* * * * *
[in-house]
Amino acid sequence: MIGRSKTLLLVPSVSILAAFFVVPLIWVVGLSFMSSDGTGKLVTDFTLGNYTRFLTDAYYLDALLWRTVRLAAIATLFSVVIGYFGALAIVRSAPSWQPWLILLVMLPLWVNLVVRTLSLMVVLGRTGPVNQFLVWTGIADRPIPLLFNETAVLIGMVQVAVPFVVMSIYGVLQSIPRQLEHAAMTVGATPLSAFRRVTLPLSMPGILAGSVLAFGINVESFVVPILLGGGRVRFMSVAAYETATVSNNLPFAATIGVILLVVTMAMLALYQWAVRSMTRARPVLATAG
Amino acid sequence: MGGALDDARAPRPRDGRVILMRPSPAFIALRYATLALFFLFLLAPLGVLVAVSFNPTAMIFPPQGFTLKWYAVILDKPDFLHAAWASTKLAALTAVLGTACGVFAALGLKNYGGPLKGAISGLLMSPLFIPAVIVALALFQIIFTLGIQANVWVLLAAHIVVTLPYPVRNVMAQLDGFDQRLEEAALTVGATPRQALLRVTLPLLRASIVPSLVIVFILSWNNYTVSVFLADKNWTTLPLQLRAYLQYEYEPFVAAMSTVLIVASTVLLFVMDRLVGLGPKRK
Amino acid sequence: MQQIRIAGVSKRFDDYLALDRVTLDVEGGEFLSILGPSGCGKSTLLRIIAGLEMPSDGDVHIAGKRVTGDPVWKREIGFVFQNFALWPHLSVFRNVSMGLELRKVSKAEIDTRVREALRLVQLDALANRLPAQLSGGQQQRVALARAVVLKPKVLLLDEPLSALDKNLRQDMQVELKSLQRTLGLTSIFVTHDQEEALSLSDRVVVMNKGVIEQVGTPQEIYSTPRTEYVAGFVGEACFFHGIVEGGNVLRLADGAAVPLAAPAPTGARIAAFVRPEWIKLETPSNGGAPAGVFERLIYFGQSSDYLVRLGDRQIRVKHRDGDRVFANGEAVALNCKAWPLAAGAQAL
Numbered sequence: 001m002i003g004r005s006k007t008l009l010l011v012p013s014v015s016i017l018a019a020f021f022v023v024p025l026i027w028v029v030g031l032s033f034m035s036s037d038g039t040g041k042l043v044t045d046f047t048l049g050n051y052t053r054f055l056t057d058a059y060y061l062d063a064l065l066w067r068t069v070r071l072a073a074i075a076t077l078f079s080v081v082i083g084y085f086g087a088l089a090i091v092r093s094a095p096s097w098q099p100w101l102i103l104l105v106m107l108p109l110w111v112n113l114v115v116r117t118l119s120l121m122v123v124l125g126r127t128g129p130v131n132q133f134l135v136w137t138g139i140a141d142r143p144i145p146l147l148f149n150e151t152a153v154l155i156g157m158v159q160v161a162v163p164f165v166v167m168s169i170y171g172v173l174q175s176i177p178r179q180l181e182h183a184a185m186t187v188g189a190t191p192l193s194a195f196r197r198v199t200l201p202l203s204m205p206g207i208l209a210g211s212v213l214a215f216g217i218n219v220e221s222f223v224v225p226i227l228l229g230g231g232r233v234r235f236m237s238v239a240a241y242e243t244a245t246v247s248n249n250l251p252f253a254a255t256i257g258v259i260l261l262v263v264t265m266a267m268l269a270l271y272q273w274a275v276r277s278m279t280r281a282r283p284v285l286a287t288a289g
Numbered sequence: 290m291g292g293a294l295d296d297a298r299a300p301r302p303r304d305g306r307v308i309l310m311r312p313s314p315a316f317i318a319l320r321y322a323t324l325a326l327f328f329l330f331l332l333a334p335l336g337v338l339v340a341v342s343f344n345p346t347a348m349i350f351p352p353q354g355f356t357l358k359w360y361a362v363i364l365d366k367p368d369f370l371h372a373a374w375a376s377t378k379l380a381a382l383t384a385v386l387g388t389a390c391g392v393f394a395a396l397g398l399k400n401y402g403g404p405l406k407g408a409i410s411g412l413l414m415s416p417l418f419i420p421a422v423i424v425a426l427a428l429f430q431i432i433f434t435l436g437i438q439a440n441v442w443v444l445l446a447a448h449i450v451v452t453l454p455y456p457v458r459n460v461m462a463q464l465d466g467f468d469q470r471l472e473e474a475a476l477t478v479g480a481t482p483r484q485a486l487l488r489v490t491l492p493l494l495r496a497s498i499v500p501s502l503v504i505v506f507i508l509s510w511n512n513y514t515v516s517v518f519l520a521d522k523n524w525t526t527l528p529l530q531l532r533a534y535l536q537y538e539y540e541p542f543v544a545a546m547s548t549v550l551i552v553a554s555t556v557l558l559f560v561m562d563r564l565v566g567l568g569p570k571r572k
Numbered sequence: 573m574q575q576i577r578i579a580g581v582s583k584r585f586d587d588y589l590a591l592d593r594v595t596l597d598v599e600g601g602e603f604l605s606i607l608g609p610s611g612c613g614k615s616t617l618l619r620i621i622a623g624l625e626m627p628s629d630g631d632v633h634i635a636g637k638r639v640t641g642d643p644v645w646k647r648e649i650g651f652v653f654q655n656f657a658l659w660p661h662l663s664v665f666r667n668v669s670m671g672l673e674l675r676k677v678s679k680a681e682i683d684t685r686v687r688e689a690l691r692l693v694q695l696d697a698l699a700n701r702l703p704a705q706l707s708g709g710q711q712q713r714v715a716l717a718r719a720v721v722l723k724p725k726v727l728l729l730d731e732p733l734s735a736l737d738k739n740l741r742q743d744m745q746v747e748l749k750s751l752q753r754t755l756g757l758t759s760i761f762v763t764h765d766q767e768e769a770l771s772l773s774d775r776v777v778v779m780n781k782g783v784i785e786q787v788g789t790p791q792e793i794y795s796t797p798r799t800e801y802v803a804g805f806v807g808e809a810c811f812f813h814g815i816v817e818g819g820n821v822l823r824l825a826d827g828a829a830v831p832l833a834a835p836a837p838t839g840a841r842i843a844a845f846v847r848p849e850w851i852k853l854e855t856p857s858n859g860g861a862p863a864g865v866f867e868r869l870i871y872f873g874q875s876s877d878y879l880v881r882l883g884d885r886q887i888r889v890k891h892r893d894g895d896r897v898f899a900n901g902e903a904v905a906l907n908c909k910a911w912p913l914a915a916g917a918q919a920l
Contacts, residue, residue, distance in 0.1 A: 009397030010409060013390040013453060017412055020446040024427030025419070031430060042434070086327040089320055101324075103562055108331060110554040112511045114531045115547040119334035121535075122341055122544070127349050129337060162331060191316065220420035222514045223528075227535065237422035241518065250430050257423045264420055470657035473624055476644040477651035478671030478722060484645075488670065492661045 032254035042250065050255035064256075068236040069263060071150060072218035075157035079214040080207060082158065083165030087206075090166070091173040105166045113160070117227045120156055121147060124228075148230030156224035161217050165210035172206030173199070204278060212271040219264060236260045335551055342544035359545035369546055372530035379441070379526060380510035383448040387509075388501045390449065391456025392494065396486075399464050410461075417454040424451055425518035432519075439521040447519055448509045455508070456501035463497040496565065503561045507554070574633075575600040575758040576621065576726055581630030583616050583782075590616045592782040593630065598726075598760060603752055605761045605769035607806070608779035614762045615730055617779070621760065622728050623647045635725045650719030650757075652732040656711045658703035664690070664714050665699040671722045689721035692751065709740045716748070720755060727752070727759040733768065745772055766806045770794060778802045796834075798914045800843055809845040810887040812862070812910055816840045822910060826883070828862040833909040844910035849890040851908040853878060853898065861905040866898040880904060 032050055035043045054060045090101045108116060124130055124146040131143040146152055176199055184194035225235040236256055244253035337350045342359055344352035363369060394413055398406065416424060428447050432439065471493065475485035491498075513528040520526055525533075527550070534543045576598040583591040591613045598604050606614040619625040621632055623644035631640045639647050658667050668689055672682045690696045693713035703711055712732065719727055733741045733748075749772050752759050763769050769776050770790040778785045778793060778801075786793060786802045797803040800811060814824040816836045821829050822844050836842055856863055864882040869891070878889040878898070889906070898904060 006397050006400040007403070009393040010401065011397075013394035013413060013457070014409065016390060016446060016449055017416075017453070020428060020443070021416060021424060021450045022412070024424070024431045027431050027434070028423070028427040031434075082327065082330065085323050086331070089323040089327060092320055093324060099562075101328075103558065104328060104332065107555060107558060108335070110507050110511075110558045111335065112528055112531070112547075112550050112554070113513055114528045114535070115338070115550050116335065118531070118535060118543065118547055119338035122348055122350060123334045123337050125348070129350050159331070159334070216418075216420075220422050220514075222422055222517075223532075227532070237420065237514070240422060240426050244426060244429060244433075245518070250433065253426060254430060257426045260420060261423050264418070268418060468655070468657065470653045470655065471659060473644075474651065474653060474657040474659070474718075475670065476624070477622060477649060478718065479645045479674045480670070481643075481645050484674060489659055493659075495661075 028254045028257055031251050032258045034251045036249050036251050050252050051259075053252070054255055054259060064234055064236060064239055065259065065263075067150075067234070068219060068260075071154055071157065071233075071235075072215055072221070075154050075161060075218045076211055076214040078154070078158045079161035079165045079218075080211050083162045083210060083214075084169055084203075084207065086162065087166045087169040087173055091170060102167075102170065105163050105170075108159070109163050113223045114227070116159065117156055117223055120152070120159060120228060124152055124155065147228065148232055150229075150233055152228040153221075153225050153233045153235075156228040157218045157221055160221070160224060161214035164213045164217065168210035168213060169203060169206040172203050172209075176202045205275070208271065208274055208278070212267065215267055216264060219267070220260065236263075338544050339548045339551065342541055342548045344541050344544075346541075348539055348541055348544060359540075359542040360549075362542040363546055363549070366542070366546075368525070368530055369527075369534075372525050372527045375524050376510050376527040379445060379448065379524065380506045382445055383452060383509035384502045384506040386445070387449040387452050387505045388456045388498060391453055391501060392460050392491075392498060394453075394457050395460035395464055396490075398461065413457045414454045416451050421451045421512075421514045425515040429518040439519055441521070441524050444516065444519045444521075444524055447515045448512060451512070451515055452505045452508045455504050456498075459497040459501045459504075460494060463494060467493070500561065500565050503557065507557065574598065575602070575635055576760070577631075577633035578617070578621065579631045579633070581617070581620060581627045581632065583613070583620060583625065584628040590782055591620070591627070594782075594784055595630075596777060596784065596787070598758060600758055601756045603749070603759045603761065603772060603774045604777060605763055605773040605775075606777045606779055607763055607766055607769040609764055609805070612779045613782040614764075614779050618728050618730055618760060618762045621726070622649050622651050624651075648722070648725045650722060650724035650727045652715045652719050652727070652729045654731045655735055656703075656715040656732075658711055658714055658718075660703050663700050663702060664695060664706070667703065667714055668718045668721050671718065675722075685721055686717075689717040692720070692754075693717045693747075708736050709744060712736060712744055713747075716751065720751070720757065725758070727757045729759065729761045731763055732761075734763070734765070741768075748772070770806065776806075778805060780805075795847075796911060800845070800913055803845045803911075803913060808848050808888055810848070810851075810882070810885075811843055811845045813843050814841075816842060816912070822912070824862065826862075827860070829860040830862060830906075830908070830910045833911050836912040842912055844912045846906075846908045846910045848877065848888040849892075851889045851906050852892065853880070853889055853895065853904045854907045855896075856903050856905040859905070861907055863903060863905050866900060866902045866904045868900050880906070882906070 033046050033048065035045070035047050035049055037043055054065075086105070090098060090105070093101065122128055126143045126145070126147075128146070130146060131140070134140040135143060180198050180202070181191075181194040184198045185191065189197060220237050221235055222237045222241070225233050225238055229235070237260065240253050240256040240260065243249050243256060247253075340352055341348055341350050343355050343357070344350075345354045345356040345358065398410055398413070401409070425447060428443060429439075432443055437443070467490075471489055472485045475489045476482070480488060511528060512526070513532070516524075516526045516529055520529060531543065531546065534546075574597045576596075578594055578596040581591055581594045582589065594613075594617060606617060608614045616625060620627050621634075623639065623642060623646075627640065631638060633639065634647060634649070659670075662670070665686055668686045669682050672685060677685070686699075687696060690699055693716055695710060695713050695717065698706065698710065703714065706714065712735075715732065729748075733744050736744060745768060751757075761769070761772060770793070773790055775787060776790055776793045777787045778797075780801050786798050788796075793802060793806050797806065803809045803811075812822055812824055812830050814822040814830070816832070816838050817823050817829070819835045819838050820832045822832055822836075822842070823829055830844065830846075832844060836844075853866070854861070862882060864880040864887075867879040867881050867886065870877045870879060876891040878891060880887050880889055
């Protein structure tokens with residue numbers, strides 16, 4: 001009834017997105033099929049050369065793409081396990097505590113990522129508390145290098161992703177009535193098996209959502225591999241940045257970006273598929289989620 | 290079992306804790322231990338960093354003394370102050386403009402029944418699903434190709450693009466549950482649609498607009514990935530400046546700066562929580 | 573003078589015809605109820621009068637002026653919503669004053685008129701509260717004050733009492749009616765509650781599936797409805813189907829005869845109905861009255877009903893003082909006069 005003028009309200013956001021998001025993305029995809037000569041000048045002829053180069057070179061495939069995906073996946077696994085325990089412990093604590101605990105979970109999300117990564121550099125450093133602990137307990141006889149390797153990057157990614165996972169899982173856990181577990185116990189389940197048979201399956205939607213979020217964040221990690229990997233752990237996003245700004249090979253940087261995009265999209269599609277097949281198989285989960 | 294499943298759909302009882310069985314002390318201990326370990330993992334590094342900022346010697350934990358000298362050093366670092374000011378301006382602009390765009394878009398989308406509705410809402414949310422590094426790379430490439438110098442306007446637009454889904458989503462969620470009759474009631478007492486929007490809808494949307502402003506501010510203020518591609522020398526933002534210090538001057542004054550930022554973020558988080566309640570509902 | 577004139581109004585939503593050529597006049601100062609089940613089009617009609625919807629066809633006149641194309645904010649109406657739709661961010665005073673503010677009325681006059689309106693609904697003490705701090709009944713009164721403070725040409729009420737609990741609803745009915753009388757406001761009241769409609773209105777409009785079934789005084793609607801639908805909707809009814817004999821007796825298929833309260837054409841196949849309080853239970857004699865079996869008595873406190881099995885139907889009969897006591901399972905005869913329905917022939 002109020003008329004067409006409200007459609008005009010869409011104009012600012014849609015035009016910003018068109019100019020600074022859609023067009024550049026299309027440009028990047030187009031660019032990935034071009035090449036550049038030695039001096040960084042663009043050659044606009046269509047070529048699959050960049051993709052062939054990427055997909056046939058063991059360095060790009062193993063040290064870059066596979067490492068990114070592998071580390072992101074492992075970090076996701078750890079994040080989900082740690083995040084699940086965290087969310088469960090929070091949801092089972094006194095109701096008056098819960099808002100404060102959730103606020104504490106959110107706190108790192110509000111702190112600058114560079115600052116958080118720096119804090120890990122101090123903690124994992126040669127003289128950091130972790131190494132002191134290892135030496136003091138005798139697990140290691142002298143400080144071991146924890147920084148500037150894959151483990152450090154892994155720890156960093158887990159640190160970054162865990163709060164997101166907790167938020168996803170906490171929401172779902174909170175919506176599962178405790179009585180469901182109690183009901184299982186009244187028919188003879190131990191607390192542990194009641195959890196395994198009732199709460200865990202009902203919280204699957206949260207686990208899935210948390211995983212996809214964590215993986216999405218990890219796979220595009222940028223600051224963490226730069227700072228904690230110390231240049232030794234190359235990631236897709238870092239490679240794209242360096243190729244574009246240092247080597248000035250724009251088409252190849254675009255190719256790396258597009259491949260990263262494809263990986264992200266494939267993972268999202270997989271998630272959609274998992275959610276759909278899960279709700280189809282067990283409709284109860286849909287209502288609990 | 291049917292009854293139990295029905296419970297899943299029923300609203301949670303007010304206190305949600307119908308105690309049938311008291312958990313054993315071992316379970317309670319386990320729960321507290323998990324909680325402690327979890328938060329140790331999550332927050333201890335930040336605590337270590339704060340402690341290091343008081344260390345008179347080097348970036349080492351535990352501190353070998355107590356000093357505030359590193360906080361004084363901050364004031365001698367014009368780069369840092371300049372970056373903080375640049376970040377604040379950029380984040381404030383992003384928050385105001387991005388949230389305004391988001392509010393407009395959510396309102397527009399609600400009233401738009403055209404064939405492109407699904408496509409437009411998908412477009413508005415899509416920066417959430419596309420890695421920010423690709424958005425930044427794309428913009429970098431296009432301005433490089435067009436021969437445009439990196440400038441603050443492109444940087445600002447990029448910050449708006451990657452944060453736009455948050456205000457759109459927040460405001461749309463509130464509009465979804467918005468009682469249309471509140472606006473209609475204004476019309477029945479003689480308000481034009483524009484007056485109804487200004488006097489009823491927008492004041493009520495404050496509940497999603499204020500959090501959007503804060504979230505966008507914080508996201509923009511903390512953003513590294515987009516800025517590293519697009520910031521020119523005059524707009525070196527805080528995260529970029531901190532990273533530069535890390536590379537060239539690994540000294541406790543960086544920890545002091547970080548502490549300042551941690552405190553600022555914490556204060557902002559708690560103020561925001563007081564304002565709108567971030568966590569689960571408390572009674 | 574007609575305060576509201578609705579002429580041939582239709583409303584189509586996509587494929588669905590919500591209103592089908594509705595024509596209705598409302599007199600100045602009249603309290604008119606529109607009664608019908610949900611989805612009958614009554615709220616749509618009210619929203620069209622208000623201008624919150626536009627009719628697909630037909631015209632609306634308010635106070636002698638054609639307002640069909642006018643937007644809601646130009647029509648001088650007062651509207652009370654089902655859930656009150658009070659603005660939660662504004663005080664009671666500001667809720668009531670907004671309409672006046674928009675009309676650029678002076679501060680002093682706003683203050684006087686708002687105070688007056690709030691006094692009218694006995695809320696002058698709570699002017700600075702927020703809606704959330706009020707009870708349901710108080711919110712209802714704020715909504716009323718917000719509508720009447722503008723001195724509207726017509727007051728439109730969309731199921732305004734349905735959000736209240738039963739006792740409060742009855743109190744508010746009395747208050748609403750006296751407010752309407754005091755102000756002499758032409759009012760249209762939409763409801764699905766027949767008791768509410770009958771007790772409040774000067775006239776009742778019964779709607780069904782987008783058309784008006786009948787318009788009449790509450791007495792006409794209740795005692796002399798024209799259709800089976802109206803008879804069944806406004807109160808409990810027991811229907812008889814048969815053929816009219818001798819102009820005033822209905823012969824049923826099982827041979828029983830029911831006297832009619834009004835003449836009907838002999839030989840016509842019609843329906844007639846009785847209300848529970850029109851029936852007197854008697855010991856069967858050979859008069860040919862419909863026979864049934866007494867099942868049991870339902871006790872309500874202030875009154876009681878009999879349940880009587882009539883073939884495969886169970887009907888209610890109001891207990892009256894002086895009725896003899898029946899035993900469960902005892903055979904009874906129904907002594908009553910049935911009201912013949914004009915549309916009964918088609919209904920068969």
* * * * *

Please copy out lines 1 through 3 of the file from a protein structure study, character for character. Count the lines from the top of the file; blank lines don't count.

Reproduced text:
[in-house]
Amino acid sequence: MIGRSKTLLLVPSVSILAAFFVVPLIWVVGLSFMSSDGTGKLVTDFTLGNYTRFLTDAYYLDALLWRTVRLAAIATLFSVVIGYFGALAIVRSAPSWQPWLILLVMLPLWVNLVVRTLSLMVVLGRTGPVNQFLVWTGIADRPIPLLFNETAVLIGMVQVAVPFVVMSIYGVLQSIPRQLEHAAMTVGATPLSAFRRVTLPLSMPGILAGSVLAFGINVESFVVPILLGGGRVRFMSVAAYETATVSNNLPFAATIGVILLVVTMAMLALYQWAVRSMTRARPVLATAG
Amino acid sequence: MGGALDDARAPRPRDGRVILMRPSPAFIALRYATLALFFLFLLAPLGVLVAVSFNPTAMIFPPQGFTLKWYAVILDKPDFLHAAWASTKLAALTAVLGTACGVFAALGLKNYGGPLKGAISGLLMSPLFIPAVIVALALFQIIFTLGIQANVWVLLAAHIVVTLPYPVRNVMAQLDGFDQRLEEAALTVGATPRQALLRVTLPLLRASIVPSLVIVFILSWNNYTVSVFLADKNWTTLPLQLRAYLQYEYEPFVAAMSTVLIVASTVLLFVMDRLVGLGPKRK